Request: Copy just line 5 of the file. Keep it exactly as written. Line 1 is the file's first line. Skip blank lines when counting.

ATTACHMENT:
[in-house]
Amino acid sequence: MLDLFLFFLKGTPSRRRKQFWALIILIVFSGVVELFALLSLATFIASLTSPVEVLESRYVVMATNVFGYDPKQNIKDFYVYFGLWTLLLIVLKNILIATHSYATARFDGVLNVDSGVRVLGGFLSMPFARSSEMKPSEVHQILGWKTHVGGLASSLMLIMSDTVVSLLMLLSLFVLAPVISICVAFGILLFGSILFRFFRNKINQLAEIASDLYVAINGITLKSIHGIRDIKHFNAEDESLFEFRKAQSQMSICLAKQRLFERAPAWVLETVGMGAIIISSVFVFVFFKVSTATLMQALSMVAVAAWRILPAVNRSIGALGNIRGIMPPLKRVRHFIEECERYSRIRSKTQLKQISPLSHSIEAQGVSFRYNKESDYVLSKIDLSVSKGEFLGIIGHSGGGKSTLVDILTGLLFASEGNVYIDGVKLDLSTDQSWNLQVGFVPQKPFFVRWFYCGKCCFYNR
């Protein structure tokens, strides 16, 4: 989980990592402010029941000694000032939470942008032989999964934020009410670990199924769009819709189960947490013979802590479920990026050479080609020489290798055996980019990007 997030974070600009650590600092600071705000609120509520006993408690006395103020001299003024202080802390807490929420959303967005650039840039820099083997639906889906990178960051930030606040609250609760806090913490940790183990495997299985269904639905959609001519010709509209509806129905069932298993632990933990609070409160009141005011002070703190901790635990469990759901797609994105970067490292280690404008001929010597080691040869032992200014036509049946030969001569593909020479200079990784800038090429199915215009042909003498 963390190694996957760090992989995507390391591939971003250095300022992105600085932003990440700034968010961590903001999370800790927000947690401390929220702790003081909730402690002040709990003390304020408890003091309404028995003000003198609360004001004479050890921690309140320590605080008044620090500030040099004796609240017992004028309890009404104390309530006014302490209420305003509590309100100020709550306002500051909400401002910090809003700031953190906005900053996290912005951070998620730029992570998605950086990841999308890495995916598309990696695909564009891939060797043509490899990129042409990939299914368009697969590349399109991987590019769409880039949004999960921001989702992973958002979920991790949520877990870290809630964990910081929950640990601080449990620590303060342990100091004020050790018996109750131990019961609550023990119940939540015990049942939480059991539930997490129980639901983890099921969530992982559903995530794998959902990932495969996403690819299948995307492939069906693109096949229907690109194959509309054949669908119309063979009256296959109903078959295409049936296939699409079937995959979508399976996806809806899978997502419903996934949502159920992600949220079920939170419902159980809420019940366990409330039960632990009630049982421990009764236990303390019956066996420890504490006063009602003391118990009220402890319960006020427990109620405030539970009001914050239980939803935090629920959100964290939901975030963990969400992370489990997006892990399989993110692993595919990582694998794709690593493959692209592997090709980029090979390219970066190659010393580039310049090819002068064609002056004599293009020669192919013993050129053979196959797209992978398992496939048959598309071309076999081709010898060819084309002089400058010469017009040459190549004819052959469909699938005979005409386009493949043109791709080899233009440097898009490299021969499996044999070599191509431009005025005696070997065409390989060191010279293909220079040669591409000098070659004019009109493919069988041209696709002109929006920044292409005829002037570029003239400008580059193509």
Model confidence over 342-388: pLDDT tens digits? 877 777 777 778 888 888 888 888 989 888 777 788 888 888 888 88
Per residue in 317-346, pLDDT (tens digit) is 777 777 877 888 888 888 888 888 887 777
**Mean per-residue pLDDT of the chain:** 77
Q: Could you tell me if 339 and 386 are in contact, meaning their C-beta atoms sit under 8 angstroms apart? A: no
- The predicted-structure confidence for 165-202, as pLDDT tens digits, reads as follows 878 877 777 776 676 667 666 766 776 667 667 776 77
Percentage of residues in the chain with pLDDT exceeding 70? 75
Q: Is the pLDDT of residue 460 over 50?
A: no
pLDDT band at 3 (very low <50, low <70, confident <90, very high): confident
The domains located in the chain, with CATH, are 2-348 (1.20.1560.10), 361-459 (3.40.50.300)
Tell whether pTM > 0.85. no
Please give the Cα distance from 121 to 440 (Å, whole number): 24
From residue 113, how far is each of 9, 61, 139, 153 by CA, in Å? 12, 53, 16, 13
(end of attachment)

Per residue in 317-346, pLDDT (tens digit) is 777 777 877 888 888 888 888 888 887 777